When I left the show midway through season 12, I did not miss Catherine Willows. The thing I missed about the show was obviously the people and the structure of the show that it provides. You get into a rhythm, and when that is removed, you’re like, “Wait a second!” (Laughs.) I was really looking forward to a break, which I enjoyed for the first few months, and then it was like, “Hmmm.” (Laughs.) When I actually got around to shooting [the finale], I realized I was really glad to be back in her suits and her boots and her swagger and her savvy and her sass. It was just really fun because I liked the character a great deal, and I was lucky to have played her for all those years.

TV Guide spoke to cast and crew members about the show’s beginning and the way it is coming to an end. Check out this quote from William Petersen about stepping back into Gil Grissom’s shoes for “Immortality”:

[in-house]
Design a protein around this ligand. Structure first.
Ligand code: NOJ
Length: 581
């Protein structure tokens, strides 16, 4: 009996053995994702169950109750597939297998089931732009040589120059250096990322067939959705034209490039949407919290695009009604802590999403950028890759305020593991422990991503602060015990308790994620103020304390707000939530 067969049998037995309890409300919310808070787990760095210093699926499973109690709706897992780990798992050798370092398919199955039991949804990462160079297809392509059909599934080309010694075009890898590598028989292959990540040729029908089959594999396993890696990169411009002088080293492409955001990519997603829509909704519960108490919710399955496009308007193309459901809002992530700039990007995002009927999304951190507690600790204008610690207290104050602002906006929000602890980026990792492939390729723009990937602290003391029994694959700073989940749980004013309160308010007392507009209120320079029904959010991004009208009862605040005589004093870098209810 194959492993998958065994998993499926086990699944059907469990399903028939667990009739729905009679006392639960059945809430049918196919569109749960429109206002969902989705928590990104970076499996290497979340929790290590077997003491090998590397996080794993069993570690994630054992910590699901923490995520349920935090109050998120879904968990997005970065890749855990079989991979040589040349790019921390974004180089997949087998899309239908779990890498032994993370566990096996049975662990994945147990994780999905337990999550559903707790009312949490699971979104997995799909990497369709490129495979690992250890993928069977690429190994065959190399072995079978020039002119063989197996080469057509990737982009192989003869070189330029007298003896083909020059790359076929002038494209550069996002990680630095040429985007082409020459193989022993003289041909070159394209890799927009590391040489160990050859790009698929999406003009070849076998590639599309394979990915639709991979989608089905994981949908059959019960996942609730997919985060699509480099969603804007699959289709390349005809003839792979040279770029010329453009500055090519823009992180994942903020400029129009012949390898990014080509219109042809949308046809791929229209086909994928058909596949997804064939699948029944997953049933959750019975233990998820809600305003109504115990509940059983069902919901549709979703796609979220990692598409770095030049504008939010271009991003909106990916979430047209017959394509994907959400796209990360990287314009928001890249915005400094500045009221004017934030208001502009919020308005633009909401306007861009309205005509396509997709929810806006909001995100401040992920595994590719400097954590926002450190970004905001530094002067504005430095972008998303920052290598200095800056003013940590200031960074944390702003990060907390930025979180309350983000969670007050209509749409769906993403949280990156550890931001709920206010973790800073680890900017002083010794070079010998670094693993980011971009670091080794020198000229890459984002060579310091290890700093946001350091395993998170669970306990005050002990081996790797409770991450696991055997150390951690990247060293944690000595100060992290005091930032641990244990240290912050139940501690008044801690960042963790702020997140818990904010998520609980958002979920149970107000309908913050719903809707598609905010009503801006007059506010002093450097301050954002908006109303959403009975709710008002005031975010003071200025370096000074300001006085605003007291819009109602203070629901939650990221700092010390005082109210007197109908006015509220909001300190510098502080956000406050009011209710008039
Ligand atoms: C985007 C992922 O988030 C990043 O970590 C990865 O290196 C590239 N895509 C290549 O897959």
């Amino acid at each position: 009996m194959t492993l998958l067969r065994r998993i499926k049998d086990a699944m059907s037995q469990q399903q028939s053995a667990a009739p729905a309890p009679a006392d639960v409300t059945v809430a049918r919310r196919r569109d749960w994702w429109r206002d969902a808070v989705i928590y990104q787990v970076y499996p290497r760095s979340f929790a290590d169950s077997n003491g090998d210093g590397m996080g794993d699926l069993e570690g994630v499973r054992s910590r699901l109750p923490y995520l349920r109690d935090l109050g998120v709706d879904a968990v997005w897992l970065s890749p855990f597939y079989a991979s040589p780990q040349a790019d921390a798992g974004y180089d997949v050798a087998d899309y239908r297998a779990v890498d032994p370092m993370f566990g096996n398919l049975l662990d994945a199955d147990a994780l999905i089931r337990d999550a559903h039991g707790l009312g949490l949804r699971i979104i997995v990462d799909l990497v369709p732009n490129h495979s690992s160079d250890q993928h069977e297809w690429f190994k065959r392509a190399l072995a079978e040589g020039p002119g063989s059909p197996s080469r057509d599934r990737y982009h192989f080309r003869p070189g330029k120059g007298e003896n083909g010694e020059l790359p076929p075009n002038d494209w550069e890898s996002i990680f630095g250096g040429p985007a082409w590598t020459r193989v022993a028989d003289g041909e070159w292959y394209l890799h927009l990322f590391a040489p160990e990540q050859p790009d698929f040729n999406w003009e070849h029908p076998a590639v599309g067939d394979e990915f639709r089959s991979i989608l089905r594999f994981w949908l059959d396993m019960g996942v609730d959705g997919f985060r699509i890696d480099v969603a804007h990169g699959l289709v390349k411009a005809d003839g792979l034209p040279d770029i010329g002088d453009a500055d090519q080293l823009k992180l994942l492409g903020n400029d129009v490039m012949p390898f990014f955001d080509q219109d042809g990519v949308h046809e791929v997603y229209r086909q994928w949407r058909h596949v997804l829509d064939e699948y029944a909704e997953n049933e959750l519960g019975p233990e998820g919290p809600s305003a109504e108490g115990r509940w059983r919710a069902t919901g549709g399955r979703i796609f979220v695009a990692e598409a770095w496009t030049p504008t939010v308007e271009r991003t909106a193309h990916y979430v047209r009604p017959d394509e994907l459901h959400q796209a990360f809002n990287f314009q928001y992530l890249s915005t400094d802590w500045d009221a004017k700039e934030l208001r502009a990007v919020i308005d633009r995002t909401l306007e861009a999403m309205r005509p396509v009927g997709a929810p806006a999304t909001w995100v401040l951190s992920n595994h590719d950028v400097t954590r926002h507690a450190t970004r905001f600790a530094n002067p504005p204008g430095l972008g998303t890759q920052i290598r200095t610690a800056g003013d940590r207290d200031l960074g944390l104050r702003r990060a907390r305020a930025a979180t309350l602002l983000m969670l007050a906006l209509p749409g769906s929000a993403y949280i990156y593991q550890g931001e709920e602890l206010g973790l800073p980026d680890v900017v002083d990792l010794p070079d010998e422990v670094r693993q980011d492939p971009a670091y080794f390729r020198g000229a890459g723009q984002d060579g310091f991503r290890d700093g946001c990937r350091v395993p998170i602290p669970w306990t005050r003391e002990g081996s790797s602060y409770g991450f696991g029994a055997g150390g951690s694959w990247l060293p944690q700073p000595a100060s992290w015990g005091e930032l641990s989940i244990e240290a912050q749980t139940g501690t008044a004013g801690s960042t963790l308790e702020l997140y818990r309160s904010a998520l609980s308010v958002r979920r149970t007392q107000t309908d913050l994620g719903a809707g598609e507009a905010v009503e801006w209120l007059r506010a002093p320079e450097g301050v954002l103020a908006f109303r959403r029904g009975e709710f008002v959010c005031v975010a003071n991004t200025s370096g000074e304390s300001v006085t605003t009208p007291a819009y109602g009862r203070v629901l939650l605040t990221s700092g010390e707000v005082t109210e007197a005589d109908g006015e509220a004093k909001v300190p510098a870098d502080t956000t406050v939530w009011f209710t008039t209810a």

It was like sliding back into the seat of your car. It was great to be home. We’ve seen each other through the years, but it was nice to go back and act together as these characters because we like each other’s characters. I like Catherine and Sara and Ecklie and Brass. I like them as characters, and I like Grissom. It was nice to be him again and it was nice to be him with them. It was nostalgic.

Zuiker did an interview with Variety about his journey and the end of CSI. Here’s an excerpt:

Without giving too much away what is the most important bit of closure that you’ll offer your die-hard fans?

This is the Super Bowl for (Jorja Fox’s) Sara Sidle. She’s applied for the directorship of running the lab. This is the one incident that brings back Grissom, and we see her being mentored by (Ted Danson’s) D.B. Russell. This is a case that paralyzes Vegas. One of the big burning questions of the finale is where (Grissom’s) heart will lie. GSR usually stands for gunshot residue but in this episode it stands for Grissom-Sara Relationship.